Gov. Sarah Palin’s a middle-class hockey mom, but does that really qualify her to be vice president?
Image has not been found. URL: http://www.washingtonindependent.com/wp-content/uploads/2008/09/palinwavecrop-300x200.jpgGov. Palin and Sen. McCain at a rally in Washington, Pa. (Flickr: buddhakiwi)
The astonishing thing about the lack of experience of Sarah Palin, the Alaska governor selected by Sen. John McCain to be his running mate on the GOP ticket, is that no one much seems astonished. Oh sure, there was partisan carping, James Carville and company making the talk-show rounds, mugging about it. There was some serious objection in some serious ranks, even, we are told, from high-ranking Republican Party elders. But in general, what might have been greeted with consternation, derision even, was not. The question is: why not and what does it say about Americans.
After all, this is a woman of scant political resume, mayor of a tiny hamlet, governor—of less than two years—of a sparsely populated state with a lot of money and not too many burdensome problems. This woman would now be, if her ticket won, a small step away from the Oval Office, a step away from tangling with Putin and Ahmadinejad (she has apparently only been out of the country once), not to mention tackling our sagging economy and energy woes and providing a wise sounding board for her sometimes loose canon of a running mate. So why the muted alarm?
Image has not been found. URL: http://www.washingtonindependent.com/wp-content/uploads/2008/08/politics.jpgIllustration by: Matt Mahurin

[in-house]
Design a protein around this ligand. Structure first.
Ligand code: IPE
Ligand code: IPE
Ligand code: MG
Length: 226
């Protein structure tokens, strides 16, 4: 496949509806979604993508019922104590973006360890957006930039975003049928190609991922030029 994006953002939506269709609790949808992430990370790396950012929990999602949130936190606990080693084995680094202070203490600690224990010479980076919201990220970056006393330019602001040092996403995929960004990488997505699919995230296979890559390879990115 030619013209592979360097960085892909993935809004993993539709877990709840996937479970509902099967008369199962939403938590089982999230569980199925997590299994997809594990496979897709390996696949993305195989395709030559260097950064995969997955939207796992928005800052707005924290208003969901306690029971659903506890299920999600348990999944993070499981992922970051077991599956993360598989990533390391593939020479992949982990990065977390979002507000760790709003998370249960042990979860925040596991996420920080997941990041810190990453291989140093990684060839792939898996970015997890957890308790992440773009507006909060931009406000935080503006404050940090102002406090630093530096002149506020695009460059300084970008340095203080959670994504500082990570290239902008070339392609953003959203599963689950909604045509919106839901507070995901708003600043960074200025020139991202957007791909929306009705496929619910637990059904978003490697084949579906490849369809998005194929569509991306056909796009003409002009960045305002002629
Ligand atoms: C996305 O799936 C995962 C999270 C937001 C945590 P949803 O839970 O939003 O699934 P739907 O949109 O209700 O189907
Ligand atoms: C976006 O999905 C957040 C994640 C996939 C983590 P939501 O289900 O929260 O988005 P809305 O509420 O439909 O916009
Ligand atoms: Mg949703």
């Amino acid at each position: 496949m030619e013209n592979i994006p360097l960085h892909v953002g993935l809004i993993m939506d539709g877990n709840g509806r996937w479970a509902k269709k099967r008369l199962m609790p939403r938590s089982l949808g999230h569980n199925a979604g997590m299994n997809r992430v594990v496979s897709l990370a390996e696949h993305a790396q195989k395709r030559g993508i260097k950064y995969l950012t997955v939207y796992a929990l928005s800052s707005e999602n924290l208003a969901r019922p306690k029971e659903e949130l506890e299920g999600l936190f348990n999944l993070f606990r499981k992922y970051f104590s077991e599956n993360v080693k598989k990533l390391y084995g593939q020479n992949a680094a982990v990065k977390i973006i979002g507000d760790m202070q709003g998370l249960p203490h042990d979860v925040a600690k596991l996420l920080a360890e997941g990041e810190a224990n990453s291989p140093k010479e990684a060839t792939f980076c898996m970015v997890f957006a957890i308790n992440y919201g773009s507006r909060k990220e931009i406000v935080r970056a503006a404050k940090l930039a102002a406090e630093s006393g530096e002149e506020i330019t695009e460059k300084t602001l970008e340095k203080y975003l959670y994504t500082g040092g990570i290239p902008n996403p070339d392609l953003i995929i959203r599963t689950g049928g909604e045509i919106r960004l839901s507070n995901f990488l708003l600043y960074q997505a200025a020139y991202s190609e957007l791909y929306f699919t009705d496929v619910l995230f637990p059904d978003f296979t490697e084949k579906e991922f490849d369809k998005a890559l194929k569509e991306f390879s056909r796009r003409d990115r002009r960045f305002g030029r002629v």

Part of the answer lies in her gender. It is a plus, a coup — especially after the loss of Sen. Hillary Rodham Clinton. McCain and company were only too happy to suggest Palin was the logical heiress to Clinton’s disgruntled voters, those who felt she had been dissed by the media and the Obama folk all through the long primary campaign. McCain would give those disappointed women someone to vote for — a theme echoed by Palin herself every time she speaks. Of course, for the most part, that’s folly, since there are no two more polar opposites than Clinton and Palin.
They come from different planets, the Yale Law School grad and fiercely articulate lifetime public servant on the one hand, the beauty pageant winner and ex-sportscaster-turned governor on the other. If Clinton was the cream of the liberal female baby-boomer crop — make that the elite baby boomer crop — Palin is the poster girl for the next generation of feisty, self-made right-wingers.
No, Palin is not the logical heiress to Clinton’s mantle. She is, in fact, the anti-Hillary. That’s what she’s selling, the dirt under her fingernails, the blue-collar husband, the unwieldy but cherished brood—five kids, one a Down syndrome baby and a grandchild now on the way, offspring of her unwed 17-year-old daughter. She is real goods—that’s the message. Far from being a hindrance, her lack of experience is a plus — as, apparently, is her daughter’s unexpected pregnancy, generating empathetic noises from people left and right.